These days, you have to be able to promote your films online. It’s impossible not to. You don’t need a massive budget to have websites, blogs, twitter accounts, Facebook updates, Youtube videos, posters, artwork and more for your films. It’s a free and effective way to get yourself out there. When it comes to promotional materials, you can do a lot with very little. The only thing you really need is a vision, a copy of Photoshop (or a graphic designer friend) and a lot of patience while you learn.
Years ago, I decided to teach myself Photoshop. I wanted to create websites, posters and other related promotional materials for 17 West’s projects. What started as a simple website soon turned into 4 including a blog that would promote them all.
That’s when my addiction started. Each new item needed to have a logo or an image attached.
But I’m not a graphic designer. So I had to rely on tutorials, books and blogs about design to see what was possible.
Obviously, all the research and practice paid off as I’m confident that my design work doesn’t suck. I’m not saying I’m a pro because I’m not. I don’t know color theory or overall composition techniques. I don’t really consider things like balance and other rookie mistakes designers make.
But I know enough now to create images that help direct people to the content I want them to see.
It all starts with a challenge.
Find something you like and try to duplicate it. You’ll never know unless you try!
The image below is from a hockey game I was watching recently. I liked the look of the image and decided to see if I could make one myself. The result is my new Movies image above. I think I got it pretty close.
However, it’s not enough to simply copy another designer’s work. What’s the point if you don’t bring anything original to it?
So while the Movies image is pretty close, I took the new techniques I learned and applied it to this image:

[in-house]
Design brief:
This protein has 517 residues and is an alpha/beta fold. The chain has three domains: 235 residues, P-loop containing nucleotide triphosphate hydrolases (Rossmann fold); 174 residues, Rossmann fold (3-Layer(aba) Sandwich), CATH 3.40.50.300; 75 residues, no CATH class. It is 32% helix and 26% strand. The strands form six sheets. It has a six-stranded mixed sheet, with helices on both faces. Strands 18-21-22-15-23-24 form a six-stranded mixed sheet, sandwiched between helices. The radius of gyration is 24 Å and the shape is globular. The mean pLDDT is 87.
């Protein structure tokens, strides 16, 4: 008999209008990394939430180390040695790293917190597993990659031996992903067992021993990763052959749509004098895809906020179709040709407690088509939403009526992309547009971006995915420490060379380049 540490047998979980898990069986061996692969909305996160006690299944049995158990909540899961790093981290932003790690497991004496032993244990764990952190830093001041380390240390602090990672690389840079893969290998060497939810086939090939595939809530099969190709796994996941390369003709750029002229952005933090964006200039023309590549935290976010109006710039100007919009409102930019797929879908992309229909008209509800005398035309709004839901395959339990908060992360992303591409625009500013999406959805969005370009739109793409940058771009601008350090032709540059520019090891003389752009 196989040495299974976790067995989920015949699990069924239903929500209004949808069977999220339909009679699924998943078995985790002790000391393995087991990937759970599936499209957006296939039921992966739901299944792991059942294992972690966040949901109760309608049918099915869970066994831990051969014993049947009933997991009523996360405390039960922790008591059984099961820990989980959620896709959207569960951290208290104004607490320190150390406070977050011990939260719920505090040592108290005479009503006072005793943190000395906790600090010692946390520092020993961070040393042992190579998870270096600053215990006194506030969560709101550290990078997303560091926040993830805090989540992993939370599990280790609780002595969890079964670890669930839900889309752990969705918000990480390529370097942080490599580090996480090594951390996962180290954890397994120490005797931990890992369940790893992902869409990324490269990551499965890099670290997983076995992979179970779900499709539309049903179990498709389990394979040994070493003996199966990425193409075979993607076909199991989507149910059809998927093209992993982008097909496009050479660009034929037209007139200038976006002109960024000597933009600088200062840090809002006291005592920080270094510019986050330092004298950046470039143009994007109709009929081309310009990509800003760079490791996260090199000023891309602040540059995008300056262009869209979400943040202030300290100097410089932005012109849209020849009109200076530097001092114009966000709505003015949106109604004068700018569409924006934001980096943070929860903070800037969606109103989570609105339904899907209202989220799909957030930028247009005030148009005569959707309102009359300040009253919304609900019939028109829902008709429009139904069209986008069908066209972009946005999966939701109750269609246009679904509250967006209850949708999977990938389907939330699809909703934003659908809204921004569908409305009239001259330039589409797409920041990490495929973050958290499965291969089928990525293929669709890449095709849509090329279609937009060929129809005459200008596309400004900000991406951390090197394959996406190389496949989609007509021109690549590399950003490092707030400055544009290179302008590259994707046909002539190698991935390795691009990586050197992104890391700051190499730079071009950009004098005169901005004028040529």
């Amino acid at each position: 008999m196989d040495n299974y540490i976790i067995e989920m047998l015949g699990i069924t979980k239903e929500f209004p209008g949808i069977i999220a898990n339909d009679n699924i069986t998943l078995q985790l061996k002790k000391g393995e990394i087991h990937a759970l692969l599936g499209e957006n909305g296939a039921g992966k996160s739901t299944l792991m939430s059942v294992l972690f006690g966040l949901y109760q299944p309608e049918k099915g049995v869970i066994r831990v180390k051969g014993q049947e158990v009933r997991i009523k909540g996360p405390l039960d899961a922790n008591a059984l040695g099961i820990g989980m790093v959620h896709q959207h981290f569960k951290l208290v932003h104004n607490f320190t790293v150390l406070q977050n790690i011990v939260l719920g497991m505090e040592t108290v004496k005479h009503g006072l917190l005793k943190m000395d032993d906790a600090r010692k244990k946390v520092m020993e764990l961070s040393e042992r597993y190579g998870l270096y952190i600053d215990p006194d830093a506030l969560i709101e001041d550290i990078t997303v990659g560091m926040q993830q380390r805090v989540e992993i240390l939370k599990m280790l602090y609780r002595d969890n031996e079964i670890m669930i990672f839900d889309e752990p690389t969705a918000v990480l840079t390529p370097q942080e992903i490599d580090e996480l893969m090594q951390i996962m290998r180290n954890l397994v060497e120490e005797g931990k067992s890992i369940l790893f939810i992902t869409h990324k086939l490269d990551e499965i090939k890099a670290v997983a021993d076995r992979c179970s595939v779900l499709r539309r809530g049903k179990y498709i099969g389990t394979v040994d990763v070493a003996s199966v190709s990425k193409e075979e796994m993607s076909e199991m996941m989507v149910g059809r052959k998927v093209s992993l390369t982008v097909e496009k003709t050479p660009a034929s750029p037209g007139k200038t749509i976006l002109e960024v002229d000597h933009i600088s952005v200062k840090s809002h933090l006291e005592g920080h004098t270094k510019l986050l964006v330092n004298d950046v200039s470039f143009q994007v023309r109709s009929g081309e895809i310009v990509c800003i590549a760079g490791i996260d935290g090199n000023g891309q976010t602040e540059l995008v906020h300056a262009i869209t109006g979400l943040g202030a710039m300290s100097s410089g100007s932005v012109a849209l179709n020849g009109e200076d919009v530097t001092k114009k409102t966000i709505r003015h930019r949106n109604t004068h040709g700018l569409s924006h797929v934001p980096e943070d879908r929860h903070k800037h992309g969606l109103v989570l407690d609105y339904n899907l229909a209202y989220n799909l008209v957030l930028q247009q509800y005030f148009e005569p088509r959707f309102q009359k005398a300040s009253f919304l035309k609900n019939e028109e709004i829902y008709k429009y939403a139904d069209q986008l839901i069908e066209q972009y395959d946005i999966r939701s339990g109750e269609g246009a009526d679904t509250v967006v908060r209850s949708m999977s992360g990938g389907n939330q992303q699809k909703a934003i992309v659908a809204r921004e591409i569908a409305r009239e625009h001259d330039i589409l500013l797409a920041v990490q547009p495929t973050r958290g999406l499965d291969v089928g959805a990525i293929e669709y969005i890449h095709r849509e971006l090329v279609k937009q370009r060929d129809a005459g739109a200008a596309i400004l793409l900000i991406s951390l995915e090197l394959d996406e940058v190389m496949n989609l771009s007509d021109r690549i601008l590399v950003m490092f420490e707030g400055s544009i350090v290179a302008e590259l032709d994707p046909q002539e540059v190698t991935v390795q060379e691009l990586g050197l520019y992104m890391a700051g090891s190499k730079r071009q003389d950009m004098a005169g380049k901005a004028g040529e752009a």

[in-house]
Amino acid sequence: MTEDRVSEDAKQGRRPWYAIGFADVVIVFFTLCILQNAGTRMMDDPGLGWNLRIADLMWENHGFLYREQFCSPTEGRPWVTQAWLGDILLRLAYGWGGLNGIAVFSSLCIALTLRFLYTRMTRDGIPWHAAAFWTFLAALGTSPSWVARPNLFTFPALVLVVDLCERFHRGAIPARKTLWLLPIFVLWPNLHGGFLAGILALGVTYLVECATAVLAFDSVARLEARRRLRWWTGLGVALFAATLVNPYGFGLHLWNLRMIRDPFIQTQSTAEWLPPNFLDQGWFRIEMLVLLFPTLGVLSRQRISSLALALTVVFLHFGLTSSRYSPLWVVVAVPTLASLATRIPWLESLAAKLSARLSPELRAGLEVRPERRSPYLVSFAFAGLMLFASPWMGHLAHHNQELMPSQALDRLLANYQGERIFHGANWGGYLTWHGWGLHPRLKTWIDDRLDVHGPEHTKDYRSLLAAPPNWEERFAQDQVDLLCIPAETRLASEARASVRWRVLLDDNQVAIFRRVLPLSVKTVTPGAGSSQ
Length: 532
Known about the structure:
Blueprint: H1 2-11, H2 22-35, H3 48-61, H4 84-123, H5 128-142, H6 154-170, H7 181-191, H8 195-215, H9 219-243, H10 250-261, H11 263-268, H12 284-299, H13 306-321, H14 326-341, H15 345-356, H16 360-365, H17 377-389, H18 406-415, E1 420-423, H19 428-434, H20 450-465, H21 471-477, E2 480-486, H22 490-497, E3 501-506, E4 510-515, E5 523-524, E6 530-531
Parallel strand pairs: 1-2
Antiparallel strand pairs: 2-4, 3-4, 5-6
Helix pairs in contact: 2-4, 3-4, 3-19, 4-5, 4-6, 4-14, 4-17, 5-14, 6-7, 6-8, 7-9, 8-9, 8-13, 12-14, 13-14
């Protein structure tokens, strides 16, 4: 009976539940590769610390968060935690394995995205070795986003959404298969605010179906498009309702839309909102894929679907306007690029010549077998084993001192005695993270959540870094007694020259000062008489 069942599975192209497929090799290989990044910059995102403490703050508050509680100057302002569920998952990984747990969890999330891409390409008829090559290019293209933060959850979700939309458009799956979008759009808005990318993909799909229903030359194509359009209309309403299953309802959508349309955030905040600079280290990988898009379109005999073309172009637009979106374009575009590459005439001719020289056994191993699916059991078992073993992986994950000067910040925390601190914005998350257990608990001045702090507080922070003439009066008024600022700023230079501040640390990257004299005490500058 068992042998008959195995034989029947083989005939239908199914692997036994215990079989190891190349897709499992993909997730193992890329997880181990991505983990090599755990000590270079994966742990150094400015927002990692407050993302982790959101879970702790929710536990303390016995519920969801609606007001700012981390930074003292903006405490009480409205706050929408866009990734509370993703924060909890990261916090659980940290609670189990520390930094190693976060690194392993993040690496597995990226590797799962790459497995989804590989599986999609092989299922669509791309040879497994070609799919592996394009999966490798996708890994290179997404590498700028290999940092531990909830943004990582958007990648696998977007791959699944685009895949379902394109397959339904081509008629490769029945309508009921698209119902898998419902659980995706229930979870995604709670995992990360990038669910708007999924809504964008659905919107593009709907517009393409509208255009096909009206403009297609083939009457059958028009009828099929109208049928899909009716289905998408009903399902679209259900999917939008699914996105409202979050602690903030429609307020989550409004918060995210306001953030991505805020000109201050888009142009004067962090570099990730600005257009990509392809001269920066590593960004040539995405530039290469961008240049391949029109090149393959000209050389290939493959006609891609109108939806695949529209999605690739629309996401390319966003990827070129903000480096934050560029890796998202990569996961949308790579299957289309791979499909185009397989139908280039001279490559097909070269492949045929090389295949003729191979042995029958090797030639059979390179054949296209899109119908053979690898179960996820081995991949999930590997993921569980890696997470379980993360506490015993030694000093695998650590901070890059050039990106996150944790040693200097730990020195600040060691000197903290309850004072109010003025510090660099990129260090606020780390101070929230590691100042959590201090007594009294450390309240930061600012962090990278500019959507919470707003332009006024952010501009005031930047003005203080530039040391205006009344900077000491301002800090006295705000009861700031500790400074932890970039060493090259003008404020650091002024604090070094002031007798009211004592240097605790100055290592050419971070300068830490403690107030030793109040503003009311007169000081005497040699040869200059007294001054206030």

And this one…
And this one…
These new banners are another leap forward for me in terms of techniques and overall detail. My work is getting more and more realistic but I still believe I can be better.
Who knows what image will inspire me next. I’m always on the lookout for something new to try. Especially when 17 West isn’t in production on a new film. (That’s going to change pretty quickly though)
If you don’t have a home on the internet to show off your work and can’t afford to pay someone to do it for you I recommend the following.
1. Start a blog
You don’t need a heavy background in web development to get a site online these days. I recommend WordPress and a good free theme to get you started.
Make it your own. Look at other movie blogs for examples. Set yourself a part from the rest. Be unique.
3. Learn Photoshop
You don’t need a course. All you need is an internet connection to access tutorials and a little dedication. It’s frustrating at first when your images don’t turn out the way you hoped but power through it. Eventually you’ll surprise yourself.
4. Find inspiration and run with it.
Continue to learn new techniques and apply it to new film projects you are working on.
5. Repeat Step 4 keep evolving!
I’ve been addicted to Photoshop for about 5 years now. Recently, I started reading Advanced Photoshop Magazine and realized just how much more there is to learn. To some that would seem daunting but I think it’s exciting.
6. Don’t Forget Your Movies!
I’ve spent the last few days messing with Photoshop but it’s time to switch gears back to Screenwriting. These skills are worthless if you don’t have anything to promote!